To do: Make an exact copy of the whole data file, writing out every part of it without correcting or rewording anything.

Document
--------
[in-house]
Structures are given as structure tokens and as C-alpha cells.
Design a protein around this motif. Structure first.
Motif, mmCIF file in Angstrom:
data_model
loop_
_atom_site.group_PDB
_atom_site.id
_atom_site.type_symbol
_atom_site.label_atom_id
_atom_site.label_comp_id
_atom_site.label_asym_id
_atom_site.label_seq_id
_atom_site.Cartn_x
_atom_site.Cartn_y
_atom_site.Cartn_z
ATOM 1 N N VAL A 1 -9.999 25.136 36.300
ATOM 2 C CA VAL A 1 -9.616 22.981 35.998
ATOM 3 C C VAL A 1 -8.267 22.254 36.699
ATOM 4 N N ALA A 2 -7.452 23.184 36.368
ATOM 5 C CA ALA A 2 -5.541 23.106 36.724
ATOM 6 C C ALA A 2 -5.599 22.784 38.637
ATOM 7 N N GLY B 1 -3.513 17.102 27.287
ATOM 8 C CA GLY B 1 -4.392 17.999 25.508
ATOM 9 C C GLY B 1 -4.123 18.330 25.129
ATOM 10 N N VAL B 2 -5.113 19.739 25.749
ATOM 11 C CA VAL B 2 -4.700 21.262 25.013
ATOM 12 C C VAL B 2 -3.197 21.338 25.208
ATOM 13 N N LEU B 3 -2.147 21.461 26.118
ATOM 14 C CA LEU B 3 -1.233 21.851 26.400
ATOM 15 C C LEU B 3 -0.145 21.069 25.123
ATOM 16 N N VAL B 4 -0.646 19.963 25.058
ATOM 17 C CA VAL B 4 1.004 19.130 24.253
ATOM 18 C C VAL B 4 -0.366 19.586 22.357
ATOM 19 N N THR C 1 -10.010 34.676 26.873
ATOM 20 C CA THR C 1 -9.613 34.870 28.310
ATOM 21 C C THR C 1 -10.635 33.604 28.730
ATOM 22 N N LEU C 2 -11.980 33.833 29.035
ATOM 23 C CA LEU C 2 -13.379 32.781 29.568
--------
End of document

[in-house]
Structures are given as structure tokens and as C-alpha cells.
Design a protein around this motif. Structure first.
Motif, mmCIF file in Angstrom:
data_model
loop_
_atom_site.group_PDB
_atom_site.id
_atom_site.type_symbol
_atom_site.label_atom_id
_atom_site.label_comp_id
_atom_site.label_asym_id
_atom_site.label_seq_id
_atom_site.Cartn_x
_atom_site.Cartn_y
_atom_site.Cartn_z
ATOM 1 N N VAL A 1 -9.999 25.136 36.300
ATOM 2 C CA VAL A 1 -9.616 22.981 35.998
ATOM 3 C C VAL A 1 -8.267 22.254 36.699
ATOM 4 N N ALA A 2 -7.452 23.184 36.368
ATOM 5 C CA ALA A 2 -5.541 23.106 36.724
ATOM 6 C C ALA A 2 -5.599 22.784 38.637
ATOM 7 N N GLY B 1 -3.513 17.102 27.287
ATOM 8 C CA GLY B 1 -4.392 17.999 25.508
ATOM 9 C C GLY B 1 -4.123 18.330 25.129
ATOM 10 N N VAL B 2 -5.113 19.739 25.749
ATOM 11 C CA VAL B 2 -4.700 21.262 25.013
ATOM 12 C C VAL B 2 -3.197 21.338 25.208
ATOM 13 N N LEU B 3 -2.147 21.461 26.118
ATOM 14 C CA LEU B 3 -1.233 21.851 26.400
ATOM 15 C C LEU B 3 -0.145 21.069 25.123
ATOM 16 N N VAL B 4 -0.646 19.963 25.058
ATOM 17 C CA VAL B 4 1.004 19.130 24.253
ATOM 18 C C VAL B 4 -0.366 19.586 22.357
ATOM 19 N N THR C 1 -10.010 34.676 26.873
ATOM 20 C CA THR C 1 -9.613 34.870 28.310
ATOM 21 C C THR C 1 -10.635 33.604 28.730
ATOM 22 N N LEU C 2 -11.980 33.833 29.035
ATOM 23 C CA LEU C 2 -13.379 32.781 29.568